Christmas in the Mulligan household has a number of traditions, and can also go on for a while!
It starts, of course, with the acquisition of a Christmas Tree, and then it's installation in a crock in a corner of the lounge.
|And then it has to be decorated.|
|This year, most of that task fell to Jayne, as Charlotte now lives in Wellington.|
|In the meantime, our native 'Christmas tree', a pohutukawa, had come into full bloom, a glorious spray of deep red.|
|But when the inside version is finished, and the gifts begin to appear beneath it, you know Christmas is almost upon us.|
|Christmas Eve was spent visiting Sarah and Craig, for takeway tea, more food, and videos. And then a growing sense of anticipation.|
|This year, Christmas Day was bright, sunny, calm, and warm - unusual in the Wellington region. Consequently, the kids were able entertain themselves outside playing petanque, and sitting in the swing-seat.|
|Gareth, visiting Charlotte from the UK, joined us for a couple of days.|
|There is a limit to how patient one can be while standing in the hot sun waiting for Craig to take a photo of the three sisters.|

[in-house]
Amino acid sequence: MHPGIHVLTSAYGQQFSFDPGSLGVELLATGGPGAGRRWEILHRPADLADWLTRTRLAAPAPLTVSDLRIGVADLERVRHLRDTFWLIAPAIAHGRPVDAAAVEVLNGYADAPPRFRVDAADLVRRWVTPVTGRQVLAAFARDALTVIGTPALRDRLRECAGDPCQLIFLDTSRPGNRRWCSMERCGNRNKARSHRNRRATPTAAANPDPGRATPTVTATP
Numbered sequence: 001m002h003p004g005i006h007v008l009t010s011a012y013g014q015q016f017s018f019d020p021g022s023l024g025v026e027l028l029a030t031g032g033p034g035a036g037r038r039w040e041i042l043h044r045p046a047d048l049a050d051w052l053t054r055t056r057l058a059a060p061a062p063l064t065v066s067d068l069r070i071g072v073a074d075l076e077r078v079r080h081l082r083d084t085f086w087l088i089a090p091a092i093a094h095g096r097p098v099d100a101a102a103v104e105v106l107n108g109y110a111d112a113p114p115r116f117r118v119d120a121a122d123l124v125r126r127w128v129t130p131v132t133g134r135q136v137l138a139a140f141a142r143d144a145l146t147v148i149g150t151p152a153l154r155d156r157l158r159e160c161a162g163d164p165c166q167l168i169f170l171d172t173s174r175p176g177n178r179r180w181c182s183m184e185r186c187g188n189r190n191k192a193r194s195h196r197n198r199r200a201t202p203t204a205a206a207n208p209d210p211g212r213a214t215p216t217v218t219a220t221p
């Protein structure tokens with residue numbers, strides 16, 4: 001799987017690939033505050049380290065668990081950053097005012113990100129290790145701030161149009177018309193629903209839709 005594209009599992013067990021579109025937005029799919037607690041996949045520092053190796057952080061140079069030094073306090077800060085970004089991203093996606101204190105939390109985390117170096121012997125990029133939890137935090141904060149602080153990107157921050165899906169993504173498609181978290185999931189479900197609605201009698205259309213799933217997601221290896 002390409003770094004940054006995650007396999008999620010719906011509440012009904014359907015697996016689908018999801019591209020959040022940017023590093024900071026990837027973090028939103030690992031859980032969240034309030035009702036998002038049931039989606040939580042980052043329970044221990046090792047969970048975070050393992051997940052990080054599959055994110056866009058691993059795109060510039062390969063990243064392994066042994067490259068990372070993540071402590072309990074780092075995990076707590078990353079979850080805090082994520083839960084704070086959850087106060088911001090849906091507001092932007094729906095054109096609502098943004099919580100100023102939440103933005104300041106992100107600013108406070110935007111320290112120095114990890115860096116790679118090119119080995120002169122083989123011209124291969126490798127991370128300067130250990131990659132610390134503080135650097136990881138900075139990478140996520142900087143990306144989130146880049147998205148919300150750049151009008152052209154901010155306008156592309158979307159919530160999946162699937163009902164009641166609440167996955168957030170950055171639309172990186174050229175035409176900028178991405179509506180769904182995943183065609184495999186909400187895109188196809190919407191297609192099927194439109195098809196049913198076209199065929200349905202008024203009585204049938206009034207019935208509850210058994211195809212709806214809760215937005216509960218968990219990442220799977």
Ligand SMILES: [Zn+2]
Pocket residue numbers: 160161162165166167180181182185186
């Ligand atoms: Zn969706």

|One of the critical tasks of the day is to set the dinner table. This year the theme was 'purple'.|
|Desiree & I seemed to spend most of the early part of the afternoon in the kitchen.|
|We did take time out to exchange presents.|
(No prizes for guessing who these were for!)
|And then it was time to load the table with food, and indulge. Needless to say we did just that!|
|And that left the evening for a very slow game of Trivial Pursuit, and bit of music and, of course, dessert. And then sleep.|
|Which then brought us to Boxing Day. Left-over food. Tidying up. And then the cousins turned up for games, more food and old-fashioned craic! Oh, and a little petanque.|
|And then, as the evening set in, the lads watched the cricket, while the kids started Whoonu, and then Trivial Pursuit.|
|And then the day after Boxing Day, all that was left to do was to show Gareth, our UK visitor, why New Zealand used to be called the 'shaky isles'.|
|That's Gareth standing on the fault scarp or slope, of the Wellington Fault at Harcour Park in Upper Hutt. In other words, standing where the earth's surface moves.|
These fungi were growing in bark chips and debris below a large conifer.
|Once the serious geography lesson and touristy photo opportunity were out of the way, fun called!|
And finally, This is Christmas, John Lennon-style.